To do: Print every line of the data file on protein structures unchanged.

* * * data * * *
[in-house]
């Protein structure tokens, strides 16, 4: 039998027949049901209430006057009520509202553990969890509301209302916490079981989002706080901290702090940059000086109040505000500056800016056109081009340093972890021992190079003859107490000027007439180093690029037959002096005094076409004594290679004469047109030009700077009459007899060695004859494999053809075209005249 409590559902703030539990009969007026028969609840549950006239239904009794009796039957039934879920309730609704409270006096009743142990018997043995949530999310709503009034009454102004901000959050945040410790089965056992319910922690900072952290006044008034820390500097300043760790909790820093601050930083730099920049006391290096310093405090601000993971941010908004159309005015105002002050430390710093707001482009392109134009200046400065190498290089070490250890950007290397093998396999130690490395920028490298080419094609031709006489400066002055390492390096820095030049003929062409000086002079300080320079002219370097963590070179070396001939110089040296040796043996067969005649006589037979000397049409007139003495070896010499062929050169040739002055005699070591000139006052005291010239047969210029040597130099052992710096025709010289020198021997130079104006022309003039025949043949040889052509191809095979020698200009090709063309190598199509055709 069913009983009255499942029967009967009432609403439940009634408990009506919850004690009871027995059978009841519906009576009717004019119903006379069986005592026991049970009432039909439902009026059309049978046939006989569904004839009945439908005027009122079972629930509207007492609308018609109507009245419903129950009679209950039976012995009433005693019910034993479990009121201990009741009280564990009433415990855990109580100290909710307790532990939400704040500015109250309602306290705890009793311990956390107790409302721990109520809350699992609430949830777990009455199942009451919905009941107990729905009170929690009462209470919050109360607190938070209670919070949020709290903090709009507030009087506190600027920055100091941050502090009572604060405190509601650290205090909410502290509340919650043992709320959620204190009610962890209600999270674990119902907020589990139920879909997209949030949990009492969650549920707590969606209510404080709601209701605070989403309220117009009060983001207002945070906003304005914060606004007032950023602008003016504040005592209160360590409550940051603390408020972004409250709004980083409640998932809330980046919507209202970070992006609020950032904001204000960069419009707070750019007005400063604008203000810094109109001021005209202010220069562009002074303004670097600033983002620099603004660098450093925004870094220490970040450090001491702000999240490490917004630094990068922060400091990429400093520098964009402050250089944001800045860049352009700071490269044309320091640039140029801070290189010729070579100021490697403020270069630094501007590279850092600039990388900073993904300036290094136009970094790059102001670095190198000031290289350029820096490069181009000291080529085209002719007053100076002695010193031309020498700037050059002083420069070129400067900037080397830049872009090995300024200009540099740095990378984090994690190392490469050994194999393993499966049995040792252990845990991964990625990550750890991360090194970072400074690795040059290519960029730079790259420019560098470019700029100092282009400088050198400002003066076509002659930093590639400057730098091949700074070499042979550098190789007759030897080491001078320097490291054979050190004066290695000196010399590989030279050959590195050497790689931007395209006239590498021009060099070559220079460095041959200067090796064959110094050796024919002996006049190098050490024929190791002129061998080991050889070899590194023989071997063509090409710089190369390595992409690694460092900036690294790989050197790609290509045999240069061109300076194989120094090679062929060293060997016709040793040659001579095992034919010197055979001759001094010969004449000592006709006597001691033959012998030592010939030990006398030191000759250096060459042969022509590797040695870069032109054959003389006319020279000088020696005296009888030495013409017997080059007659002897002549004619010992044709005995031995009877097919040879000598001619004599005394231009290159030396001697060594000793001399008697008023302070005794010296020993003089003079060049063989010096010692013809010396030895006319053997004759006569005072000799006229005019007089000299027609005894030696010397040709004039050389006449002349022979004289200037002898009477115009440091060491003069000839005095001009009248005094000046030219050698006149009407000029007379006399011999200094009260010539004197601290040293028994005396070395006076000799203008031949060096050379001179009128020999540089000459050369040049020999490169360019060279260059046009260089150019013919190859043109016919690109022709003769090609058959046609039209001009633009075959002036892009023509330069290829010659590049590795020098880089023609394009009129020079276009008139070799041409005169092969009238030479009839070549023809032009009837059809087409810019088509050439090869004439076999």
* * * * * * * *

[in-house]
């Protein structure tokens, strides 16, 4: 039998027949049901209430006057009520509202553990969890509301209302916490079981989002706080901290702090940059000086109040505000500056800016056109081009340093972890021992190079003859107490000027007439180093690029037959002096005094076409004594290679004469047109030009700077009459007899060695004859494999053809075209005249 409590559902703030539990009969007026028969609840549950006239239904009794009796039957039934879920309730609704409270006096009743142990018997043995949530999310709503009034009454102004901000959050945040410790089965056992319910922690900072952290006044008034820390500097300043760790909790820093601050930083730099920049006391290096310093405090601000993971941010908004159309005015105002002050430390710093707001482009392109134009200046400065190498290089070490250890950007290397093998396999130690490395920028490298080419094609031709006489400066002055390492390096820095030049003929062409000086002079300080320079002219370097963590070179070396001939110089040296040796043996067969005649006589037979000397049409007139003495070896010499062929050169040739002055005699070591000139006052005291010239047969210029040597130099052992710096025709010289020198021997130079104006022309003039025949043949040889052509191809095979020698200009090709063309190598199509055709 069913009983009255499942029967009967009432609403439940009634408990009506919850004690009871027995059978009841519906009576009717004019119903006379069986005592026991049970009432039909439902009026059309049978046939006989569904004839009945439908005027009122079972629930509207007492609308018609109507009245419903129950009679209950039976012995009433005693019910034993479990009121201990009741009280564990009433415990855990109580100290909710307790532990939400704040500015109250309602306290705890009793311990956390107790409302721990109520809350699992609430949830777990009455199942009451919905009941107990729905009170929690009462209470919050109360607190938070209670919070949020709290903090709009507030009087506190600027920055100091941050502090009572604060405190509601650290205090909410502290509340919650043992709320959620204190009610962890209600999270674990119902907020589990139920879909997209949030949990009492969650549920707590969606209510404080709601209701605070989403309220117009009060983001207002945070906003304005914060606004007032950023602008003016504040005592209160360590409550940051603390408020972004409250709004980083409640998932809330980046919507209202970070992006609020950032904001204000960069419009707070750019007005400063604008203000810094109109001021005209202010220069562009002074303004670097600033983002620099603004660098450093925004870094220490970040450090001491702000999240490490917004630094990068922060400091990429400093520098964009402050250089944001800045860049352009700071490269044309320091640039140029801070290189010729070579100021490697403020270069630094501007590279850092600039990388900073993904300036290094136009970094790059102001670095190198000031290289350029820096490069181009000291080529085209002719007053100076002695010193031309020498700037050059002083420069070129400067900037080397830049872009090995300024200009540099740095990378984090994690190392490469050994194999393993499966049995040792252990845990991964990625990550750890991360090194970072400074690795040059290519960029730079790259420019560098470019700029100092282009400088050198400002003066076509002659930093590639400057730098091949700074070499042979550098190789007759030897080491001078320097490291054979050190004066290695000196010399590989030279050959590195050497790689931007395209006239590498021009060099070559220079460095041959200067090796064959110094050796024919002996006049190098050490024929190791002129061998080991050889070899590194023989071997063509090409710089190369390595992409690694460092900036690294790989050197790609290509045999240069061109300076194989120094090679062929060293060997016709040793040659001579095992034919010197055979001759001094010969004449000592006709006597001691033959012998030592010939030990006398030191000759250096060459042969022509590797040695870069032109054959003389006319020279000088020696005296009888030495013409017997080059007659002897002549004619010992044709005995031995009877097919040879000598001619004599005394231009290159030396001697060594000793001399008697008023302070005794010296020993003089003079060049063989010096010692013809010396030895006319053997004759006569005072000799006229005019007089000299027609005894030696010397040709004039050389006449002349022979004289200037002898009477115009440091060491003069000839005095001009009248005094000046030219050698006149009407000029007379006399011999200094009260010539004197601290040293028994005396070395006076000799203008031949060096050379001179009128020999540089000459050369040049020999490169360019060279260059046009260089150019013919190859043109016919690109022709003769090609058959046609039209001009633009075959002036892009023509330069290829010659590049590795020098880089023609394009009129020079276009008139070799041409005169092969009238030479009839070549023809032009009837059809087409810019088509050439090869004439076999």